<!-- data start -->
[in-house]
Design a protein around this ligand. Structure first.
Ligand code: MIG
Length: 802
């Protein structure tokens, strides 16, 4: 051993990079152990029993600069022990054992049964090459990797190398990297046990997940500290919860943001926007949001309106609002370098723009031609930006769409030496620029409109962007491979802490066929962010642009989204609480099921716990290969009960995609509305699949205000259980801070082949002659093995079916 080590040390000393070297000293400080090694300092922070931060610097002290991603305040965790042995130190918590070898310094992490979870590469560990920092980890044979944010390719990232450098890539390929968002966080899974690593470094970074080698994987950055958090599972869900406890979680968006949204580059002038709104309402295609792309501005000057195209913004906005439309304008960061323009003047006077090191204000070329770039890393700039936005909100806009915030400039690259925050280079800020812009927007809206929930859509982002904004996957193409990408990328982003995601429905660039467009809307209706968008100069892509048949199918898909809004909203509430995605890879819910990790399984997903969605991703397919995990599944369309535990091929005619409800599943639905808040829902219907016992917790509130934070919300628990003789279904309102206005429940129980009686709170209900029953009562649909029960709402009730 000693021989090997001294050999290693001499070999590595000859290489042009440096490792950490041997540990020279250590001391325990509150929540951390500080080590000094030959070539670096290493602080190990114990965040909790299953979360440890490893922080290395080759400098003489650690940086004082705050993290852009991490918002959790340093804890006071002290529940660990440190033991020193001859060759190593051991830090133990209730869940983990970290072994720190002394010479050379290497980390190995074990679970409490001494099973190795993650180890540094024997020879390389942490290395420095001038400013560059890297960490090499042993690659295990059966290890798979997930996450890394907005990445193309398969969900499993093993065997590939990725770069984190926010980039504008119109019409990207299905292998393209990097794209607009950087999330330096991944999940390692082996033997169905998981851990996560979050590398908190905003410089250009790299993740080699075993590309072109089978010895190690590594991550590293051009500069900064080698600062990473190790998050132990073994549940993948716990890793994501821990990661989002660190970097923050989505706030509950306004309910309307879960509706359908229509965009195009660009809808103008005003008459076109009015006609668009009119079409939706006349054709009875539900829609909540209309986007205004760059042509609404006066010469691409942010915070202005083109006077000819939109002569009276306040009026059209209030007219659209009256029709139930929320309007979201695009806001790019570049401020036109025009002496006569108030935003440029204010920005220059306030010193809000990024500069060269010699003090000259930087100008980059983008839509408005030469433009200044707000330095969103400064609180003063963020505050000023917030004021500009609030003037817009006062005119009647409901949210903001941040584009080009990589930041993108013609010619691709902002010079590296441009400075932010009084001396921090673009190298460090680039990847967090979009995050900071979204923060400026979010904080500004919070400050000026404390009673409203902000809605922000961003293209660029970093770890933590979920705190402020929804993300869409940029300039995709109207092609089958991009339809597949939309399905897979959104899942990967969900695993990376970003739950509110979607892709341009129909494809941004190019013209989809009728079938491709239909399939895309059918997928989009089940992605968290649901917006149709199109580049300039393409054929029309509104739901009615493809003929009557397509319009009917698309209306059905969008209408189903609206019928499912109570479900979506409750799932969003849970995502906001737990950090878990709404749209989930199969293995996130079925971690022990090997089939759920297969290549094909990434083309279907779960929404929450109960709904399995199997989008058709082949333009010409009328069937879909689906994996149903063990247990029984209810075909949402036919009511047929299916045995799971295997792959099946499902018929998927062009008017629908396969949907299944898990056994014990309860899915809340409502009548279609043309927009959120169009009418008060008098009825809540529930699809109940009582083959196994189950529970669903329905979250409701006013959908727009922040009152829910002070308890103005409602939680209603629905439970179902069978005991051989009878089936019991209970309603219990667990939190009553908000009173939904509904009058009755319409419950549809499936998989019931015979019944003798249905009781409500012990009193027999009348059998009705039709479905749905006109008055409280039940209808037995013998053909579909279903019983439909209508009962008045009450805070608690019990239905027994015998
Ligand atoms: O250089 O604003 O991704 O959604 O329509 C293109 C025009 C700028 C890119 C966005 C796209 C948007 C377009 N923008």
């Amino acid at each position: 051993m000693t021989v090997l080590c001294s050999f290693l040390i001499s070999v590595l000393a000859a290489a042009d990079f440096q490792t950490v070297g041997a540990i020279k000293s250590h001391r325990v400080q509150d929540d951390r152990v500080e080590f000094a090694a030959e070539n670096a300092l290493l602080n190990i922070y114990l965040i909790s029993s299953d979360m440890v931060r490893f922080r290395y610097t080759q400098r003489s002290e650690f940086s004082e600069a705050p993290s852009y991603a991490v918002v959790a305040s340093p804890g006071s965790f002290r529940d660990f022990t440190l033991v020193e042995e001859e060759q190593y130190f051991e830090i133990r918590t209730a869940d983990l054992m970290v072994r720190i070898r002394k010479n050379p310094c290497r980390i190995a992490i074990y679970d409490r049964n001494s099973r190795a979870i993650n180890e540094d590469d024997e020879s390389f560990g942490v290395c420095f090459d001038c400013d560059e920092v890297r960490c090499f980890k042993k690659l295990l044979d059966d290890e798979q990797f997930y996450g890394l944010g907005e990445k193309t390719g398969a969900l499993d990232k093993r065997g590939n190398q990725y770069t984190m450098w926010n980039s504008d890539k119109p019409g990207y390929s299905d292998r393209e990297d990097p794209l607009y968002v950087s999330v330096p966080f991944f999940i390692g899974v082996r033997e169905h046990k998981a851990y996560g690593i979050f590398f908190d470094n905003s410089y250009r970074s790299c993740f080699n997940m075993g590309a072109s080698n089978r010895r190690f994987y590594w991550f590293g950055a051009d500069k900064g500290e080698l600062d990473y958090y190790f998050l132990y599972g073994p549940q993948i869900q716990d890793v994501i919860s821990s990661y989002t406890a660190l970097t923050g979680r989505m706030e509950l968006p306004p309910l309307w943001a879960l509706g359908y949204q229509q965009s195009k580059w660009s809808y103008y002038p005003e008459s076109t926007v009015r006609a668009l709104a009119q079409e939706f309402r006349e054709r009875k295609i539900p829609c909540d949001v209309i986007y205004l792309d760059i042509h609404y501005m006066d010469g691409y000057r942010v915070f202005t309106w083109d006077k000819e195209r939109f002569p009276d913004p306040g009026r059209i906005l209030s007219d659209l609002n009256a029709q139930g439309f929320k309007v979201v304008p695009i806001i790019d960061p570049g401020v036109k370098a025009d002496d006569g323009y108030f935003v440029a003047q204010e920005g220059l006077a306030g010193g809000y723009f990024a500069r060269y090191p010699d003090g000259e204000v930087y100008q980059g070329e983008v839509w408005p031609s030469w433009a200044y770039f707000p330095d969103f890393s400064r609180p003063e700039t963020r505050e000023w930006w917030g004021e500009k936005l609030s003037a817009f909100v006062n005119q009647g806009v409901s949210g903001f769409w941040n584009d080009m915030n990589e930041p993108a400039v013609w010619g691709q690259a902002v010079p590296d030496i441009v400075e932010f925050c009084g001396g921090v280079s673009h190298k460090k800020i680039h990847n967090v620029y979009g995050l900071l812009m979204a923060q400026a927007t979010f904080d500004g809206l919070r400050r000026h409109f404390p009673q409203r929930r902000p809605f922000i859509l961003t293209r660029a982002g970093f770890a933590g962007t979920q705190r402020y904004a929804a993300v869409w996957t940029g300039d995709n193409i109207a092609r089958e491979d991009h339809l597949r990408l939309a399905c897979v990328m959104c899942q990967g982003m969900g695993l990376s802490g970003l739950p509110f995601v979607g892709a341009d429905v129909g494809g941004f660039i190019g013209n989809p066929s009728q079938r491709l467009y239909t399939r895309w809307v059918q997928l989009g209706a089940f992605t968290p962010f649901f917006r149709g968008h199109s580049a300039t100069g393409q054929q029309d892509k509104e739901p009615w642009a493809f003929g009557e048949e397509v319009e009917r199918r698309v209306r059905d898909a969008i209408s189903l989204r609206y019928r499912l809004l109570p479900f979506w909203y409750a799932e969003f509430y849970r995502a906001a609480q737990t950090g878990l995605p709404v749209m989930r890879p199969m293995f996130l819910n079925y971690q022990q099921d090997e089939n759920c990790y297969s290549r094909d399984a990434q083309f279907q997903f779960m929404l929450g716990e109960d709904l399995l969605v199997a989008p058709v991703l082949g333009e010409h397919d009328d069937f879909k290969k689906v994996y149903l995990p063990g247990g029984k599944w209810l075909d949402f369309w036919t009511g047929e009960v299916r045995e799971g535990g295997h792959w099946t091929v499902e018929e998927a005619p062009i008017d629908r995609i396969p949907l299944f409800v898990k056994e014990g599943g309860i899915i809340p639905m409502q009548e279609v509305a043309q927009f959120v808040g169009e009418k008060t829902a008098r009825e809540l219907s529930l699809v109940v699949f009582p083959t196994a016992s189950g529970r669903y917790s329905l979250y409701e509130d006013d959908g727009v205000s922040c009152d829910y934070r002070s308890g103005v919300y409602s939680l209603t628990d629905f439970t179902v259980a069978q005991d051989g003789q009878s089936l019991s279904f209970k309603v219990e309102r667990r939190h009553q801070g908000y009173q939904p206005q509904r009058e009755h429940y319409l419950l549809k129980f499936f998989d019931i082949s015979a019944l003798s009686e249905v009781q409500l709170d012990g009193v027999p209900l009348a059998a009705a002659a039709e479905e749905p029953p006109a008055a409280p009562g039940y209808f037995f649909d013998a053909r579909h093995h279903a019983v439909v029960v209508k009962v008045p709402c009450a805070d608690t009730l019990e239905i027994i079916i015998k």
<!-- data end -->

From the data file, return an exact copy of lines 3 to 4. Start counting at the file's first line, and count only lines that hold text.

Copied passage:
Ligand code: MIG
Length: 802